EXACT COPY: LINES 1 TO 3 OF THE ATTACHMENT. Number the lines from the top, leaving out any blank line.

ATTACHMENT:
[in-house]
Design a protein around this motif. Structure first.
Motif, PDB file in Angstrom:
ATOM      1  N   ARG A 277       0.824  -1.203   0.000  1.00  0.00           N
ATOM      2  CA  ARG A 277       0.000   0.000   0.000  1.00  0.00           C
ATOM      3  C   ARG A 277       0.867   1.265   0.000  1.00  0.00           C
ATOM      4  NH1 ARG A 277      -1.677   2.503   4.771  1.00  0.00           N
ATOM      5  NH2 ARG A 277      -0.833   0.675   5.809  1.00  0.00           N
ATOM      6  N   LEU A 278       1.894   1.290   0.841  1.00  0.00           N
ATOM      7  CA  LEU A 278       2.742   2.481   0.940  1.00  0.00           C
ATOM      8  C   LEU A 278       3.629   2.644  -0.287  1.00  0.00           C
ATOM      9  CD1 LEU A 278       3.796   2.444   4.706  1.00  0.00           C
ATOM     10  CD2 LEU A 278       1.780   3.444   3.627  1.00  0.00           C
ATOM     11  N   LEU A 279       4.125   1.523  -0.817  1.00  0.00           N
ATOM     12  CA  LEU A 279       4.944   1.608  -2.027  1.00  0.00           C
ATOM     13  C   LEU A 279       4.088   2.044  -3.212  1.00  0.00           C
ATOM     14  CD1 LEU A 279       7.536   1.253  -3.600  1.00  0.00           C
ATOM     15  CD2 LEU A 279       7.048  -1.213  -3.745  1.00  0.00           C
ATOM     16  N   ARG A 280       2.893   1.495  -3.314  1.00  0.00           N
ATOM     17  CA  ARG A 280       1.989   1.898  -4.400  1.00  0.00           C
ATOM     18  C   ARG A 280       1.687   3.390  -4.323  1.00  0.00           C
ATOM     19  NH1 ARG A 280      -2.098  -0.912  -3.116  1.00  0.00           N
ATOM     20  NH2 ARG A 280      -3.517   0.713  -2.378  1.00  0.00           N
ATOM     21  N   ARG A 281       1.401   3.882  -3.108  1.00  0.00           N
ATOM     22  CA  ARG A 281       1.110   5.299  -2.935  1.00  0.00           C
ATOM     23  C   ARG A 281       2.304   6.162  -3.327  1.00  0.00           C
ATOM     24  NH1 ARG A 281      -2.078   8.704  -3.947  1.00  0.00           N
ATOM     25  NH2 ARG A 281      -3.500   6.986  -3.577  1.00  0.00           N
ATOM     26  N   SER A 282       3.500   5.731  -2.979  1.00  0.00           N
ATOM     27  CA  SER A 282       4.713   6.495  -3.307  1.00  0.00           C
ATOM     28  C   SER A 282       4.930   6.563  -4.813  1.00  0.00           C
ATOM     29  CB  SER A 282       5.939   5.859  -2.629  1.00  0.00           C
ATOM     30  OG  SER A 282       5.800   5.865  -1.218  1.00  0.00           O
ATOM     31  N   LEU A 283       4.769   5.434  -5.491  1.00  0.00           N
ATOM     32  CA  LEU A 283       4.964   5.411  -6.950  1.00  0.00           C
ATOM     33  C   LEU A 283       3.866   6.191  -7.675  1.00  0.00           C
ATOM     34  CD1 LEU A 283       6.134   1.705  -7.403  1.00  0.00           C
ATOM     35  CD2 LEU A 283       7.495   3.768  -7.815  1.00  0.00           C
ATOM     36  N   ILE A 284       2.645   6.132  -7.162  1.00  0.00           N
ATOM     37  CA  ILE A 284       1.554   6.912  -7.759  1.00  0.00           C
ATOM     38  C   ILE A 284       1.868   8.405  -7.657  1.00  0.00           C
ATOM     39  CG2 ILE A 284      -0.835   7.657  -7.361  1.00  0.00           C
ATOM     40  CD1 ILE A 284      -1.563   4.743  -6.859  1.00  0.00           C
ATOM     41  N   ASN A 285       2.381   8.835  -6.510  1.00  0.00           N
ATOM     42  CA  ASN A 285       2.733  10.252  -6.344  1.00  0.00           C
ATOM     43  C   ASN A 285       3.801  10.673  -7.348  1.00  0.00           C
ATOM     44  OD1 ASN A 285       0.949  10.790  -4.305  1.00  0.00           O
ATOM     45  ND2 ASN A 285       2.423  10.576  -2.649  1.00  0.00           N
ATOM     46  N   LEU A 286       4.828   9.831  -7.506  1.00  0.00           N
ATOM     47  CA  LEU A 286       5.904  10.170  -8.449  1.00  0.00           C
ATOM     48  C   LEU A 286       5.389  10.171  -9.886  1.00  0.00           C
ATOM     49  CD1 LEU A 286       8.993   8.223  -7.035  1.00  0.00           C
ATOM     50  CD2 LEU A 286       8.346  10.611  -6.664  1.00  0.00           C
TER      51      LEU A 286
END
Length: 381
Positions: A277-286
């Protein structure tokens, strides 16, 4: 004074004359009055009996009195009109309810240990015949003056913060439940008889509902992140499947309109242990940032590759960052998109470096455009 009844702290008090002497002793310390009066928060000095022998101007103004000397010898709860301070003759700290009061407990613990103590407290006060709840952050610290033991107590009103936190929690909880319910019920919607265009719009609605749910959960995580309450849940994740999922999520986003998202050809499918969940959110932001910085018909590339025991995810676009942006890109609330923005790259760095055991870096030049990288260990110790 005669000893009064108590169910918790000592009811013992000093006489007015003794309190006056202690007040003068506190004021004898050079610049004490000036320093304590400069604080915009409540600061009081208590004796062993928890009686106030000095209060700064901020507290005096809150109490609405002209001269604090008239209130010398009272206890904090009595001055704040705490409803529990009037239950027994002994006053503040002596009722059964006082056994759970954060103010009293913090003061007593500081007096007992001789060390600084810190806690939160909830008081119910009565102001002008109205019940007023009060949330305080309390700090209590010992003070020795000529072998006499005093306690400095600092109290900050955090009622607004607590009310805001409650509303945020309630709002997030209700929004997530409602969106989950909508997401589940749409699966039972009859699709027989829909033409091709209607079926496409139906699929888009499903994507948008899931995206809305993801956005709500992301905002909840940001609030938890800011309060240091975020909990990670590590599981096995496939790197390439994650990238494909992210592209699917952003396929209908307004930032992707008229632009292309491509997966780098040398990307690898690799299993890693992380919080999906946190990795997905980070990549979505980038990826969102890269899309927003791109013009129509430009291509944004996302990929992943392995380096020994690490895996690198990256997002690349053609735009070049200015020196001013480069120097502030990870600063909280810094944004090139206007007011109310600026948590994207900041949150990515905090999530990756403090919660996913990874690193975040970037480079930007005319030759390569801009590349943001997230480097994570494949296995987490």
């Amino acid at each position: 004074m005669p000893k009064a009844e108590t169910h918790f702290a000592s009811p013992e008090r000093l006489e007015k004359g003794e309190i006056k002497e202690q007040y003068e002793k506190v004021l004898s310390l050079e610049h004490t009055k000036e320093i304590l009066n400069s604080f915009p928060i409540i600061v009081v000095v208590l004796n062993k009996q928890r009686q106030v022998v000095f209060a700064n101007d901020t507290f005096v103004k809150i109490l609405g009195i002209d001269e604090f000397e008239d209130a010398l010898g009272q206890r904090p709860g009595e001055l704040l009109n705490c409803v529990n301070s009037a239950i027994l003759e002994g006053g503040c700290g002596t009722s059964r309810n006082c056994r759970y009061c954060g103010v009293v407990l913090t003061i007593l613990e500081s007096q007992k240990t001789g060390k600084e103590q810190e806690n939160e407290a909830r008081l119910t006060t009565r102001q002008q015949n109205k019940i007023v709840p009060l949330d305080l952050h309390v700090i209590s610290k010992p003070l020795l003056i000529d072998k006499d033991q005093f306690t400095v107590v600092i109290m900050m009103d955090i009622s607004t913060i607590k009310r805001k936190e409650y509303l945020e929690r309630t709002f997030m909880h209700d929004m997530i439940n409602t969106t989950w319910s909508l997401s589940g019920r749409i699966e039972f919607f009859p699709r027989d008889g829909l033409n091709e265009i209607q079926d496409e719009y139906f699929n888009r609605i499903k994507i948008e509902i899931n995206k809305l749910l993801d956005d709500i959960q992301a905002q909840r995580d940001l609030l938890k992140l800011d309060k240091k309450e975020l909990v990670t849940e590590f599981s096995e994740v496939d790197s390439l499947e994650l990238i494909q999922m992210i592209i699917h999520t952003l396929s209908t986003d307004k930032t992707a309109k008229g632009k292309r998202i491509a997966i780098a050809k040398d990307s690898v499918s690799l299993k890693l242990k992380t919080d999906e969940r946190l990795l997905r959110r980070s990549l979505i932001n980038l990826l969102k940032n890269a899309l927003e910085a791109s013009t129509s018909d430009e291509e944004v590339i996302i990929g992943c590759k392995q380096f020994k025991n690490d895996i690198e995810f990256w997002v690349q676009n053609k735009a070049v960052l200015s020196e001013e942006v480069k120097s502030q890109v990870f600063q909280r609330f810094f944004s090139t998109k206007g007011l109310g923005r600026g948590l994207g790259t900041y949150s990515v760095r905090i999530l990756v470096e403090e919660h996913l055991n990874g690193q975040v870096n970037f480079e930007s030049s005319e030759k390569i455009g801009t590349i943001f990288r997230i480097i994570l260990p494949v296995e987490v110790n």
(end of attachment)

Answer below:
[in-house]
Design a protein around this motif. Structure first.
Motif, PDB file in Angstrom: